Spirea x vanhouttei 'Van Houtte' forms a vase-shaped shrub to 6 feet tall and wide, bearing white flowers in mid-spring. Zones 4-8

'Froebel' Spirea

Spiraea japonica 'Froebel' with bright pink flowers
Peter Krumhardt

This Spiraea japonica selection bears bright pink spring flowers and grows 5 feet tall and wide. Zones 4-9

'Bridal Wreath' Spirea

Spiraea prunifolia 'Bridal Wreath' with tiny white flowers
Bill Stites

Spiraea prunifolia 'Bridal Wreath' bears tiny double white flowers on bare branches early in spring, before the glossy green leaves appear. Some red fall color. Zones 5-9

Companion Plants for Spirea

Juniper Shrubs

Easy-care evergreen juniper shrubs will add color when other plants die down for the winter. They come in a variety of shapes, sizes, and colors, so choose the ones that best fit your landscape's design. Zones 3-9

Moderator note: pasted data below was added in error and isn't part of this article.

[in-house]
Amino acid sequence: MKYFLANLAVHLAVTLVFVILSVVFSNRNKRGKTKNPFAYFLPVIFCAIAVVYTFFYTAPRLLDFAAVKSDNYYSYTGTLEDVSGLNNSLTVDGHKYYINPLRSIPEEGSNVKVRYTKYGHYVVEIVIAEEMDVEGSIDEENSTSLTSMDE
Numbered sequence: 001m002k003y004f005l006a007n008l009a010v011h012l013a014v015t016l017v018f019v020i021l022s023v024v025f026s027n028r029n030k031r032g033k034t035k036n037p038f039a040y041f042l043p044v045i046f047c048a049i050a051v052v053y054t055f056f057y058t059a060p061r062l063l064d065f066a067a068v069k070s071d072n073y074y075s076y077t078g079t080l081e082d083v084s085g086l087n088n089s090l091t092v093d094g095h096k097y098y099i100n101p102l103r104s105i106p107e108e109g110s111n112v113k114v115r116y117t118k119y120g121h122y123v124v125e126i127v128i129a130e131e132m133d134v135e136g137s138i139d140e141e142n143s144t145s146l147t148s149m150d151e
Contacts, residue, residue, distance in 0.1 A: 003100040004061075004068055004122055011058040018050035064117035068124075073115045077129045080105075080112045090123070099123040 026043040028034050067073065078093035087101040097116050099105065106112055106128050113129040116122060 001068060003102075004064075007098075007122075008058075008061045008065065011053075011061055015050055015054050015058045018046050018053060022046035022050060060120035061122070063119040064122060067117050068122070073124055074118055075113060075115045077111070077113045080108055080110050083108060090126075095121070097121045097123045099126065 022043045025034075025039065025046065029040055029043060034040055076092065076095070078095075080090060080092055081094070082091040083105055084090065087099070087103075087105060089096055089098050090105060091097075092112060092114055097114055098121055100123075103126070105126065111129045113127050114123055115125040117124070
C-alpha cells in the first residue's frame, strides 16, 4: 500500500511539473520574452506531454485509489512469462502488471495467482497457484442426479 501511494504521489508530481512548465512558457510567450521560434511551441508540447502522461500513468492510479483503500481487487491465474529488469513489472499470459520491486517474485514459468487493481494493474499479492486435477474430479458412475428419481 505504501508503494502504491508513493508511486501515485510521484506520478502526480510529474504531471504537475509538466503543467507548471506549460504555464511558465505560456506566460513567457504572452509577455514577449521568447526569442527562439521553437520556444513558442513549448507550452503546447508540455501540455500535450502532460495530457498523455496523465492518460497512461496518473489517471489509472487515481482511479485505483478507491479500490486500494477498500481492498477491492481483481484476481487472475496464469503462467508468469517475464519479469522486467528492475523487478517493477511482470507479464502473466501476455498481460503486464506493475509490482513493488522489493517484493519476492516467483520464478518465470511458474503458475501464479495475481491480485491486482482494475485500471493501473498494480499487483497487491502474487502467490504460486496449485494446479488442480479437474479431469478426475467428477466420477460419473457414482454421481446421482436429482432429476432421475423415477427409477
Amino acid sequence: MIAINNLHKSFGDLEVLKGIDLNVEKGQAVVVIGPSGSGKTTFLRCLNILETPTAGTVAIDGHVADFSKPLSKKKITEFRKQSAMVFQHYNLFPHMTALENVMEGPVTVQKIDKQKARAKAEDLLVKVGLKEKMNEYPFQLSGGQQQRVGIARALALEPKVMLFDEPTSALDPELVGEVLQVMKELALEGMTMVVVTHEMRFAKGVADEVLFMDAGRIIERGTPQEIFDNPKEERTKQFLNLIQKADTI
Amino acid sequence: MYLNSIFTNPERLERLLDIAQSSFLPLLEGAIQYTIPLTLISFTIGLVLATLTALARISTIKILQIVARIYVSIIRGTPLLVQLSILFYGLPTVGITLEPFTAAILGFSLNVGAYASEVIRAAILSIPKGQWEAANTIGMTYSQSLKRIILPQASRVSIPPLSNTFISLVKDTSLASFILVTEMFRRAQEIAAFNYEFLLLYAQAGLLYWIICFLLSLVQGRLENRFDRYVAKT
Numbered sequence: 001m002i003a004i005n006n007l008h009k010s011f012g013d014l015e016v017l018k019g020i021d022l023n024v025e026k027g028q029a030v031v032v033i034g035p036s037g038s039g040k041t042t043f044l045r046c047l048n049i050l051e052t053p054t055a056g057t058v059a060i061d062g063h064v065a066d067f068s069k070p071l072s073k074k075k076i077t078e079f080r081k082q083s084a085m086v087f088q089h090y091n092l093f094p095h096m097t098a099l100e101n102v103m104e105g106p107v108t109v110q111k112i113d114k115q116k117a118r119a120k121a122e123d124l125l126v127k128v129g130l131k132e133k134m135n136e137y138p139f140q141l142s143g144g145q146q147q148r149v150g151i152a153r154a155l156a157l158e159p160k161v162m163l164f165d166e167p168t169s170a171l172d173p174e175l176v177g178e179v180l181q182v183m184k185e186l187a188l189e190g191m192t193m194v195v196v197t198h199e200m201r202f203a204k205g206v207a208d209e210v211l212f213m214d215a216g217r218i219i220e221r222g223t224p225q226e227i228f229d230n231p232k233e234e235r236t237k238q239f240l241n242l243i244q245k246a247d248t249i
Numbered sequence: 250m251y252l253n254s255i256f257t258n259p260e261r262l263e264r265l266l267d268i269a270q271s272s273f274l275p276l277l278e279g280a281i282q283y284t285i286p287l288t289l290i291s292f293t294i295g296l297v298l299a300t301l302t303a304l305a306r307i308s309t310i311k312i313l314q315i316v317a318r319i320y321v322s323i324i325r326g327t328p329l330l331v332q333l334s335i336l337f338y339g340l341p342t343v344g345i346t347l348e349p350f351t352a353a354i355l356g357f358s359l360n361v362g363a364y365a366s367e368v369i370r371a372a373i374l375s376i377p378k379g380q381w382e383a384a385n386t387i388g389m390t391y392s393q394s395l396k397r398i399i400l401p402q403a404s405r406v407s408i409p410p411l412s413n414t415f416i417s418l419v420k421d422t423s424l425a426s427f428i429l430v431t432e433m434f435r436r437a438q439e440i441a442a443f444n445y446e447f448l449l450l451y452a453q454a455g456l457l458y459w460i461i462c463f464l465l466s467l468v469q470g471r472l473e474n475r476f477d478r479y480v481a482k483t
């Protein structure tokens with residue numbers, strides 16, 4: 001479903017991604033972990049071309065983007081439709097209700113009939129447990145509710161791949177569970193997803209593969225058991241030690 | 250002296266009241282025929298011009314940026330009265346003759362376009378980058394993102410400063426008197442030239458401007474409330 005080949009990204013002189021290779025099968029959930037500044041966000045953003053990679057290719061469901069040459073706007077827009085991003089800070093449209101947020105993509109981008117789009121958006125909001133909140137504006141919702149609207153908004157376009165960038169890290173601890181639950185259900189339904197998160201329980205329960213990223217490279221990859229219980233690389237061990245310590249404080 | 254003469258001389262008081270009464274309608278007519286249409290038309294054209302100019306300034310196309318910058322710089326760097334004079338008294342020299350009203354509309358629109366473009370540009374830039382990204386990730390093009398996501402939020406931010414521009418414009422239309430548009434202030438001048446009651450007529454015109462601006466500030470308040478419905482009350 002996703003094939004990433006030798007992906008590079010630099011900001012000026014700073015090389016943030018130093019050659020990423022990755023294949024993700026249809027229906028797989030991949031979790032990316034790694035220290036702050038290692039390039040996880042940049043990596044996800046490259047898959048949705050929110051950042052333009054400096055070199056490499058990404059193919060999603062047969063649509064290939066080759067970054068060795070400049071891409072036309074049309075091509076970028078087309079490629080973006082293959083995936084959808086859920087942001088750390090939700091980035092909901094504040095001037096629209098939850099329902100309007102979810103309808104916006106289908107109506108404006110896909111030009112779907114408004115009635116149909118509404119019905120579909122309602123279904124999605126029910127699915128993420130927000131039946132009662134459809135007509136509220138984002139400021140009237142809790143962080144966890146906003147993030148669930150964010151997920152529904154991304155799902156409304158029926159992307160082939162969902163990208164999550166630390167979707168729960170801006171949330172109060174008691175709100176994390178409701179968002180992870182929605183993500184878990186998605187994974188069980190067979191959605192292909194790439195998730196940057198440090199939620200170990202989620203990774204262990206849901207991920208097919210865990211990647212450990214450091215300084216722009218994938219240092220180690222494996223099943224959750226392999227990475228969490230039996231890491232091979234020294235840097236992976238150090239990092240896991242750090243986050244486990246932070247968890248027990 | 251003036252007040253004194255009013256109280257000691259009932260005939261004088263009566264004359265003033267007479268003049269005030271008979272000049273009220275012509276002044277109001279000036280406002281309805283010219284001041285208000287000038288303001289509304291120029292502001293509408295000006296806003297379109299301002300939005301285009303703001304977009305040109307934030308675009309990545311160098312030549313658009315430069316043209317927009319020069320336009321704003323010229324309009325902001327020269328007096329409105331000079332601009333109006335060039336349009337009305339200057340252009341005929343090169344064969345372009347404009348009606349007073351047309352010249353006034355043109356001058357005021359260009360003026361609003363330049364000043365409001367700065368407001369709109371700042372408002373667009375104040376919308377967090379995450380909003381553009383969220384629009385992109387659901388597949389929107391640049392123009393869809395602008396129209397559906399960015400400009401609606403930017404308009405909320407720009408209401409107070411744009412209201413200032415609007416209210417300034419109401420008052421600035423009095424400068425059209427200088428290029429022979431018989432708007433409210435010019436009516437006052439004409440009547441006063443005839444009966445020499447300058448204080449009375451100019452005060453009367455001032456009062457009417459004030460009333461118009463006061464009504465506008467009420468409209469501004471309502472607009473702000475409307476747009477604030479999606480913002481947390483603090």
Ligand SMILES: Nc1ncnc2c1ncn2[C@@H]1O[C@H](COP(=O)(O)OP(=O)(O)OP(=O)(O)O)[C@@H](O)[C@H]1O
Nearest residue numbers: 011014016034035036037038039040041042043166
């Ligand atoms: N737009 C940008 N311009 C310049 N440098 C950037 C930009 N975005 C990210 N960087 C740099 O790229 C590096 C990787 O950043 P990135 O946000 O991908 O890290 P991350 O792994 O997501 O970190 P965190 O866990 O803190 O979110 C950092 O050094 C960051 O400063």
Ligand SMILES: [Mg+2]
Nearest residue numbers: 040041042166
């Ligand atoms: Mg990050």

Russian Sage

Perovskia Rocketman

Carson Downing

Russian sage is a hardy perennial that adds a bright burst of tall flowering plants to a garden. Zones 4-9

Panicle Hydrangeas

White Diamonds Panicle Hydrangea
Jane Milliman

Panicle hydrangeas require similar growing conditions to spirea, and their big, puffy flowers work well with spirea's smaller ones. Zones 3-9

Frequently Asked Questions

  • Is spirea deer-resistant?

    Among the types of spirea available, Japanese spirea is known to have good deer resistance. It also attracts bees, butterflies, and other beneficial insects.

  • Does spirea grow quickly?

    Spirea will grow quickly in the right conditions, so give it plenty of sunlight and water as needed.

  • How long do spirea plants live?

    When grown under optimal conditions and care, spirea shrubs can live for as long as 20 years.